UNCLOS also supports American businesses that are looking to invest in commercial shipping lanes in the Arctic, in deep-sea mining and telecommunications operations, as well as other forms of maritime commerce.
The treaty will extend American interests in the seas and ocean floors beyond the 200-nautical mile exclusive economic zone. American businesses can develop and invest in maritime resources on the extended continental shelf and through the increasingly de-iced Arctic knowing they are supported by the legal certainty and stability of treaty law. This will help protect critical environmental spaces and the interests of the American worker. It is impossible to ignore that UNCLOS unites interests across the spectrum — from the U.S. Chamber of Commerce and the American Petroleum Institute; to leading environmental groups such as the National Resource Defense Council and World Wildlife Fund; to labor unions such as the AFL-CIO and the Seafarers International Union of North America.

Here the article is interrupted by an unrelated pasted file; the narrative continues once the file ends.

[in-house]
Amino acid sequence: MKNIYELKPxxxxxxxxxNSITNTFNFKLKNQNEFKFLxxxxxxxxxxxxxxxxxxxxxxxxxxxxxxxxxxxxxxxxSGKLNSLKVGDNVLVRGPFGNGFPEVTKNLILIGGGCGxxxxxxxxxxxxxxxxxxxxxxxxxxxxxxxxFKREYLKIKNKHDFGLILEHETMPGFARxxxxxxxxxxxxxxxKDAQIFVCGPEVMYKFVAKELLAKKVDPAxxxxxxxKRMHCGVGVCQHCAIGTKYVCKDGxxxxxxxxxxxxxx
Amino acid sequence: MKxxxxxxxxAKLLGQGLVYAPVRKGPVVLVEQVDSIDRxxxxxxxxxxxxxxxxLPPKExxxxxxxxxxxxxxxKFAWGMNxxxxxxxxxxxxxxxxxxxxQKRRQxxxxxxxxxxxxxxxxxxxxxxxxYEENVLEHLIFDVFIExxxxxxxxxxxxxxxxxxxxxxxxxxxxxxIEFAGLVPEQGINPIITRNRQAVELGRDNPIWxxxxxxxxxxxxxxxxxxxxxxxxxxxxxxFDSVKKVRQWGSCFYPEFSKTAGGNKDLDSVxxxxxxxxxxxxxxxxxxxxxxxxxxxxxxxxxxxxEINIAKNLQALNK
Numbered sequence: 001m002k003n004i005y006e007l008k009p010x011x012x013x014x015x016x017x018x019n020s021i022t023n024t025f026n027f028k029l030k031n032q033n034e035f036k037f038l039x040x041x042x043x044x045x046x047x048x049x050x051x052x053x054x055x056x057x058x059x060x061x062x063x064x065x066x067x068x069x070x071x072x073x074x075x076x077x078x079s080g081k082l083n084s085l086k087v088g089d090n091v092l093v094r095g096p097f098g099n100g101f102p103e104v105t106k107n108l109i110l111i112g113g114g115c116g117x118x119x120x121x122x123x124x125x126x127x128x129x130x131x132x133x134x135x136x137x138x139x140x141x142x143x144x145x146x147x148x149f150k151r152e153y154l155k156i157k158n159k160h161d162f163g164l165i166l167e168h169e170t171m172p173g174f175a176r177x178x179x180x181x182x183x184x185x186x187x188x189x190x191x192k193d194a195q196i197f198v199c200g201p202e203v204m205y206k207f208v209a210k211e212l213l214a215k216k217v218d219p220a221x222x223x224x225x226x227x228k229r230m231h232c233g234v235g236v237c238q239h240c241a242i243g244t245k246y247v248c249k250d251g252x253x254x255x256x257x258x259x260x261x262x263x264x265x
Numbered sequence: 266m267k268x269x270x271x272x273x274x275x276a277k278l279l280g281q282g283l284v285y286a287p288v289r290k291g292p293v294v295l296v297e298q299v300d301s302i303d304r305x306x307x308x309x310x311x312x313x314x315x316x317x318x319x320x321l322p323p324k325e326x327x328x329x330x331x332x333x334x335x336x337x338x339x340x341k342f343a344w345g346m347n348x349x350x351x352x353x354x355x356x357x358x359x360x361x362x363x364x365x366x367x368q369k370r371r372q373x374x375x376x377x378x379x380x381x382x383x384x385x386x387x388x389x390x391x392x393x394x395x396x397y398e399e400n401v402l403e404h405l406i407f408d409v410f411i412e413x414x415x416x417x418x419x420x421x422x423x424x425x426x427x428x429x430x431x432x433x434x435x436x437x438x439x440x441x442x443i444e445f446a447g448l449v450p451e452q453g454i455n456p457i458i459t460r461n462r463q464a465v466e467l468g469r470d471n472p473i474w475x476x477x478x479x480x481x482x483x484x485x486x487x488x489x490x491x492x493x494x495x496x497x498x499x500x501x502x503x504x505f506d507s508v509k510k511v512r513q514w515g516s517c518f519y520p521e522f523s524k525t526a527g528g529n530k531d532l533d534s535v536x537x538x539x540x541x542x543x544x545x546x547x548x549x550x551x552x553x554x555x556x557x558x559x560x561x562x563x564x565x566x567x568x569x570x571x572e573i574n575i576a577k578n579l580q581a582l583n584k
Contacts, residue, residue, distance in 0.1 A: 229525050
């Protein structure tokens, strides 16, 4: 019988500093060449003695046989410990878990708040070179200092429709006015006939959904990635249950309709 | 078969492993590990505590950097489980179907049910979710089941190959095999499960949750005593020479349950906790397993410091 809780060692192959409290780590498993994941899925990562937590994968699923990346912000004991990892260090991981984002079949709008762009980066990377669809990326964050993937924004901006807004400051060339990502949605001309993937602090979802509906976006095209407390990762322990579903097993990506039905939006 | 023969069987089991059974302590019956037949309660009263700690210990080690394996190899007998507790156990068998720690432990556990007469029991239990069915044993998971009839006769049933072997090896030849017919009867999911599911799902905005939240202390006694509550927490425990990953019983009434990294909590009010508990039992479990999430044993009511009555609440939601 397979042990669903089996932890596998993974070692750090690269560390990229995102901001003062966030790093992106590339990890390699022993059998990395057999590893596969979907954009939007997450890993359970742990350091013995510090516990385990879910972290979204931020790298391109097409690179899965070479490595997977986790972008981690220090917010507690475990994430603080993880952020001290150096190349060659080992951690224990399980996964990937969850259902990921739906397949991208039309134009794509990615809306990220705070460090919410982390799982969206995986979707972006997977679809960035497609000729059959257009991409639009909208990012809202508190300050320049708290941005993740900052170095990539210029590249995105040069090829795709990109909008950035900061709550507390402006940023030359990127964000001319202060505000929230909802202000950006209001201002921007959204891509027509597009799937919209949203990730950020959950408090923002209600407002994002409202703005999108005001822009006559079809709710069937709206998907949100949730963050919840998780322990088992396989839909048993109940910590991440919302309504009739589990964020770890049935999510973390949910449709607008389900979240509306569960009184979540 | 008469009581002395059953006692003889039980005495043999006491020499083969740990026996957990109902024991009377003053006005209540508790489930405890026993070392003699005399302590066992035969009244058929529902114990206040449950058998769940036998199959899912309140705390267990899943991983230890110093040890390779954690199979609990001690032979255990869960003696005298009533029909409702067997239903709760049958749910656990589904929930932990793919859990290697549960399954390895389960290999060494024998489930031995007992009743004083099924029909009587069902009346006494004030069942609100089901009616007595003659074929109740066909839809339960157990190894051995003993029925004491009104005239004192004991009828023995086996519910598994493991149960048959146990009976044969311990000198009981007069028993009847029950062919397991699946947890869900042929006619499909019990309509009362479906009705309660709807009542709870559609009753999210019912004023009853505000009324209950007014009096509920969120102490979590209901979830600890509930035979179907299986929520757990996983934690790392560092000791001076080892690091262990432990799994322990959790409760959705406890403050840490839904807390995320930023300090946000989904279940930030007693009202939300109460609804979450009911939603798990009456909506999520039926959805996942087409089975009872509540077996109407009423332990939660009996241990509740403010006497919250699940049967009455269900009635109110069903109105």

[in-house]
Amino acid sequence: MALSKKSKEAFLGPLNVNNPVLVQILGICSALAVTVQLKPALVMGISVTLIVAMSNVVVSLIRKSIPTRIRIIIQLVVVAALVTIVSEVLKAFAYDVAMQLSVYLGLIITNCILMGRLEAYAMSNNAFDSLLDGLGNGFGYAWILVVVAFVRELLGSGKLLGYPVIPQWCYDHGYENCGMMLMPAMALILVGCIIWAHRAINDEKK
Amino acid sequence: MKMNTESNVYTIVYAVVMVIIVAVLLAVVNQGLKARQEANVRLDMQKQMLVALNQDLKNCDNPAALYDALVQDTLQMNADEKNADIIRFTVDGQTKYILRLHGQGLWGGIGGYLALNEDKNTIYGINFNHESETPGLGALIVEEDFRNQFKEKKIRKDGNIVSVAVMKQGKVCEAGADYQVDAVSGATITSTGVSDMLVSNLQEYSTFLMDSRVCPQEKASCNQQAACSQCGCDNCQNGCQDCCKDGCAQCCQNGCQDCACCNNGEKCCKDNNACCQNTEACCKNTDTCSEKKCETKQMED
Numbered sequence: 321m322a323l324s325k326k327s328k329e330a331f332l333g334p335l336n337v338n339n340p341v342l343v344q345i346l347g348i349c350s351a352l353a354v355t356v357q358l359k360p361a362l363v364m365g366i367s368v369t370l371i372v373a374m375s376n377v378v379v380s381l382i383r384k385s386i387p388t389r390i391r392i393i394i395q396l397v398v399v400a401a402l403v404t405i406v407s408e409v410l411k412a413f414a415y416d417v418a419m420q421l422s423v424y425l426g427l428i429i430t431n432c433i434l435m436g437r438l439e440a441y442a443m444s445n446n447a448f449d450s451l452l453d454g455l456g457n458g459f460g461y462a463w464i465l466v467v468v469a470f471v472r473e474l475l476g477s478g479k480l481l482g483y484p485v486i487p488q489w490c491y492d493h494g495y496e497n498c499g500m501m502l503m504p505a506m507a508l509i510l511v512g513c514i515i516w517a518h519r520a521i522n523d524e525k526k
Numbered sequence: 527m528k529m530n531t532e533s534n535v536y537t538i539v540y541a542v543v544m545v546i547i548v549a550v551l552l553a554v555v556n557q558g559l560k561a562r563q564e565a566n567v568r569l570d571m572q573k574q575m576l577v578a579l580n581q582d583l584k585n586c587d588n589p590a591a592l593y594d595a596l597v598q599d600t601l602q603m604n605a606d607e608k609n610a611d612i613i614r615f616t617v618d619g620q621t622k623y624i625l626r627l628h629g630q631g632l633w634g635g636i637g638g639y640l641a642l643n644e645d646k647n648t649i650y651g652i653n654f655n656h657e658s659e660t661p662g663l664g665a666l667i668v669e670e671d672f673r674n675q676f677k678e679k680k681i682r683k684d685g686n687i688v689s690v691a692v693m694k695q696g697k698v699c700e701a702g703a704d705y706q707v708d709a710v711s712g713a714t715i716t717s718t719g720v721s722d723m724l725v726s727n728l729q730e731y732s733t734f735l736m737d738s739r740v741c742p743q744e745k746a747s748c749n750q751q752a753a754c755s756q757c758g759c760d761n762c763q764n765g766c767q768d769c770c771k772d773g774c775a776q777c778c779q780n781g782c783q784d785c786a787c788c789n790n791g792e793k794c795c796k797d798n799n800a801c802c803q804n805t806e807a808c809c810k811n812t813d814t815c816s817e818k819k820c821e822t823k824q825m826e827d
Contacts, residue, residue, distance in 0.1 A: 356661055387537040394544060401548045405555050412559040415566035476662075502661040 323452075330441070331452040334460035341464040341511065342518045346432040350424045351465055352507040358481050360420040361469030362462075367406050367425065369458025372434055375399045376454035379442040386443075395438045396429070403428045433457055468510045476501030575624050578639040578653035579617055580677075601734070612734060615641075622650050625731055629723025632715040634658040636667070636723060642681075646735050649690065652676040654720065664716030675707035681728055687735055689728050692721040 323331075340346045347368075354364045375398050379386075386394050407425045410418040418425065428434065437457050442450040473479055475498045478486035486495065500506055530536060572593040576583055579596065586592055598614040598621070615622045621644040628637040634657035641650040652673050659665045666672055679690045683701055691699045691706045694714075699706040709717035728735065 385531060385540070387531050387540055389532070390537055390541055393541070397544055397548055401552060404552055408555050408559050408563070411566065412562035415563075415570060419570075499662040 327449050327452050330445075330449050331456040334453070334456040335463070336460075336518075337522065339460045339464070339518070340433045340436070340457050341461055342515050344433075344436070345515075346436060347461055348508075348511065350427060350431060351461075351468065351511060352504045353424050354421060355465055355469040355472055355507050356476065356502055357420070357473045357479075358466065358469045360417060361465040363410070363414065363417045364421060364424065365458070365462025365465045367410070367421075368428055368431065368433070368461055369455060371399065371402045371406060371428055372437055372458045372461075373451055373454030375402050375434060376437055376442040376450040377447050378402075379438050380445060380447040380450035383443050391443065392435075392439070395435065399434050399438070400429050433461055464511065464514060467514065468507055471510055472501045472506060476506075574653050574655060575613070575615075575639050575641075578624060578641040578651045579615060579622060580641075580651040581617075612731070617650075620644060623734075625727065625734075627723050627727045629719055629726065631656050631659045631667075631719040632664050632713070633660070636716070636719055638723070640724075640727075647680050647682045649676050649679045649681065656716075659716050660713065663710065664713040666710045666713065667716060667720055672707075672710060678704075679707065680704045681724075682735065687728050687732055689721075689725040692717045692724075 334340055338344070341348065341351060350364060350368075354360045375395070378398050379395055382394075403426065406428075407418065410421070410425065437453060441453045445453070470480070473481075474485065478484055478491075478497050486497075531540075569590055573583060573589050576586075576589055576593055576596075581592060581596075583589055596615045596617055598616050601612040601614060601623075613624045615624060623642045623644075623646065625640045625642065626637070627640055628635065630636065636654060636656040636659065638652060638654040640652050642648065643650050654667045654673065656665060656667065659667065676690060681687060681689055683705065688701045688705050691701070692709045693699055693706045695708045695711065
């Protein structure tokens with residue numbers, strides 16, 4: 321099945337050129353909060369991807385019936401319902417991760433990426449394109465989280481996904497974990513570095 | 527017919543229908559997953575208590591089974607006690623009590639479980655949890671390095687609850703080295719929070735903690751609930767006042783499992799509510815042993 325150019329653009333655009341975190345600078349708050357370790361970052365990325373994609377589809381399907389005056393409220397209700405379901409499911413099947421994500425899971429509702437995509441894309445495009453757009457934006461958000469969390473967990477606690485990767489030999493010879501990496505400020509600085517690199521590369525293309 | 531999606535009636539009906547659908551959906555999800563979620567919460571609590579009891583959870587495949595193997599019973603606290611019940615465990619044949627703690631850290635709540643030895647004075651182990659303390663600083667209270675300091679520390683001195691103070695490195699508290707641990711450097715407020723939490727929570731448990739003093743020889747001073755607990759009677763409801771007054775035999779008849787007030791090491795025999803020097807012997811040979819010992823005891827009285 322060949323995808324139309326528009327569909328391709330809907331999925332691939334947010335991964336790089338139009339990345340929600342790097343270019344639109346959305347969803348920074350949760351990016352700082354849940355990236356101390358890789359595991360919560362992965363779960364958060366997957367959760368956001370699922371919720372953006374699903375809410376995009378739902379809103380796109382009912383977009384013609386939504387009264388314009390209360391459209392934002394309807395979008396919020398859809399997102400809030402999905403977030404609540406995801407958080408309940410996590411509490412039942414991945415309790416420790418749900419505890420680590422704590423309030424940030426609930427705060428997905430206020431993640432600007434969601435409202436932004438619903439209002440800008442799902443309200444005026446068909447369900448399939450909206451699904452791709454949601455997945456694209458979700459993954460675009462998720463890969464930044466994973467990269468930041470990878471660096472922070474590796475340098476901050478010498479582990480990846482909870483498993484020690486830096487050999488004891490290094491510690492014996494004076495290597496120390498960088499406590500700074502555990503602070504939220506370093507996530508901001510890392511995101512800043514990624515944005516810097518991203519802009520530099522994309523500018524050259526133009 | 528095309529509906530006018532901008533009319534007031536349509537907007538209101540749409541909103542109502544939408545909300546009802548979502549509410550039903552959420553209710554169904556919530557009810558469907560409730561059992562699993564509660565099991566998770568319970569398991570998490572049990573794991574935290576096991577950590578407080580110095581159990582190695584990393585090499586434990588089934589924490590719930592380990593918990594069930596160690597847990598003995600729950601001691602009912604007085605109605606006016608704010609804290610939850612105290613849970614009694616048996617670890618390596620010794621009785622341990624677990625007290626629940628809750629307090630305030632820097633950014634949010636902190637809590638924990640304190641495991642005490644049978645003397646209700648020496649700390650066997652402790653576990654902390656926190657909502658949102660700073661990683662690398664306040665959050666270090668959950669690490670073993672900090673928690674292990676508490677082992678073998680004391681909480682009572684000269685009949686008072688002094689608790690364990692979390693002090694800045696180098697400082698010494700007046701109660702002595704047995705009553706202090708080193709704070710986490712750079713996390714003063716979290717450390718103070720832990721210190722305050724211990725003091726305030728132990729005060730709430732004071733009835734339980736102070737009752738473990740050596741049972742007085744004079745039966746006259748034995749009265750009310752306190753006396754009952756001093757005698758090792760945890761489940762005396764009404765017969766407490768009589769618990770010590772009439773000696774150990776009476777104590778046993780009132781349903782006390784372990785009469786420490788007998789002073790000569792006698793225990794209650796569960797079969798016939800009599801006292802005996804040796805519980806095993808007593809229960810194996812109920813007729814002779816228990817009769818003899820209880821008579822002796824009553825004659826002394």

Relying solely on American military power to guarantee our voice is heard and our interests are protected should not be our only geopolitical tool. To preserve our role as the guarantor of security in global commons, we need to embrace the benefits of legal certainty and stability guaranteed by international treaty law. By ratifying UNCLOS, the U.S. will demonstrate its commitment to the rule of law, freedom of navigation and diplomatic solutions in state-to-state maritime disputes.
This is why I am proud to be an original cosponsor of the bipartisan House resolution reevaluating Congress’s position on the treaty. I’ll continue working with my House Armed Services Committee colleagues on both sides of the aisle to push for ratification. As we pivot to Asia, we must embrace the rule of law and other forms of soft power, in addition to hard power, to ensure American interests are protected today and well into the future.
About the Author
Hank Johnson (D-Ga.) sits on the House Armed Services and Judiciary Committees. He serves on the Armed Services’ Seapower and Projection Forces Subcommittee as well as the Tactical Air and Land Forces Subcommittee.